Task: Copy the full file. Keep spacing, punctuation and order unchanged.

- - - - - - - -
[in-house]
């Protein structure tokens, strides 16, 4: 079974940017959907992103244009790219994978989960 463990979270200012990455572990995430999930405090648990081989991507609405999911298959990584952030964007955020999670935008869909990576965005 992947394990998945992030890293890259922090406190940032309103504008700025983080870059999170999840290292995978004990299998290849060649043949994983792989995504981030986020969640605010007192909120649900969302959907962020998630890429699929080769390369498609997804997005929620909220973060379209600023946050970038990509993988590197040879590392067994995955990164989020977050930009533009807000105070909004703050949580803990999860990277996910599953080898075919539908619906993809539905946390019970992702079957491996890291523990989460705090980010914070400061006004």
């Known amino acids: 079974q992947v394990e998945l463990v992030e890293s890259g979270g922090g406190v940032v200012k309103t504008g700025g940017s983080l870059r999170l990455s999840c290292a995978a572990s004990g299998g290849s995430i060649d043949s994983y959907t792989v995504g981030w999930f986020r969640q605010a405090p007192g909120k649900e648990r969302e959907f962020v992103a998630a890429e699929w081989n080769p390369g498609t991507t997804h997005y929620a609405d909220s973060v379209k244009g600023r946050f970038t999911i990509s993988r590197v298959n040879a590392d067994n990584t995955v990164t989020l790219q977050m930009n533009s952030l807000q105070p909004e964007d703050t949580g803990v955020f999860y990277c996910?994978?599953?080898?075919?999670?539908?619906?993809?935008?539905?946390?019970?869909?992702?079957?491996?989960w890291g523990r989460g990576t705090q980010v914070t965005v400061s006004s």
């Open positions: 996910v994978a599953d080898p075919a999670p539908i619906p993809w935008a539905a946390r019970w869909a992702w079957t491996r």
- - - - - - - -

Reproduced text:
[in-house]
């Protein structure tokens, strides 16, 4: 079974940017959907992103244009790219994978989960 463990979270200012990455572990995430999930405090648990081989991507609405999911298959990584952030964007955020999670935008869909990576965005 992947394990998945992030890293890259922090406190940032309103504008700025983080870059999170999840290292995978004990299998290849060649043949994983792989995504981030986020969640605010007192909120649900969302959907962020998630890429699929080769390369498609997804997005929620909220973060379209600023946050970038990509993988590197040879590392067994995955990164989020977050930009533009807000105070909004703050949580803990999860990277996910599953080898075919539908619906993809539905946390019970992702079957491996890291523990989460705090980010914070400061006004």
């Known amino acids: 079974q992947v394990e998945l463990v992030e890293s890259g979270g922090g406190v940032v200012k309103t504008g700025g940017s983080l870059r999170l990455s999840c290292a995978a572990s004990g299998g290849s995430i060649d043949s994983y959907t792989v995504g981030w999930f986020r969640q605010a405090p007192g909120k649900e648990r969302e959907f962020v992103a998630a890429e699929w081989n080769p390369g498609t991507t997804h997005y929620a609405d909220s973060v379209k244009g600023r946050f970038t999911i990509s993988r590197v298959n040879a590392d067994n990584t995955v990164t989020l790219q977050m930009n533009s952030l807000q105070p909004e964007d703050t949580g803990v955020f999860y990277c996910?994978?599953?080898?075919?999670?539908?619906?993809?935008?539905?946390?019970?869909?992702?079957?491996?989960w890291g523990r989460g990576t705090q980010v914070t965005v400061s006004s």
């Open positions: 996910v994978a599953d080898p075919a999670p539908i619906p993809w935008a539905a946390r019970w869909a992702w079957t491996r």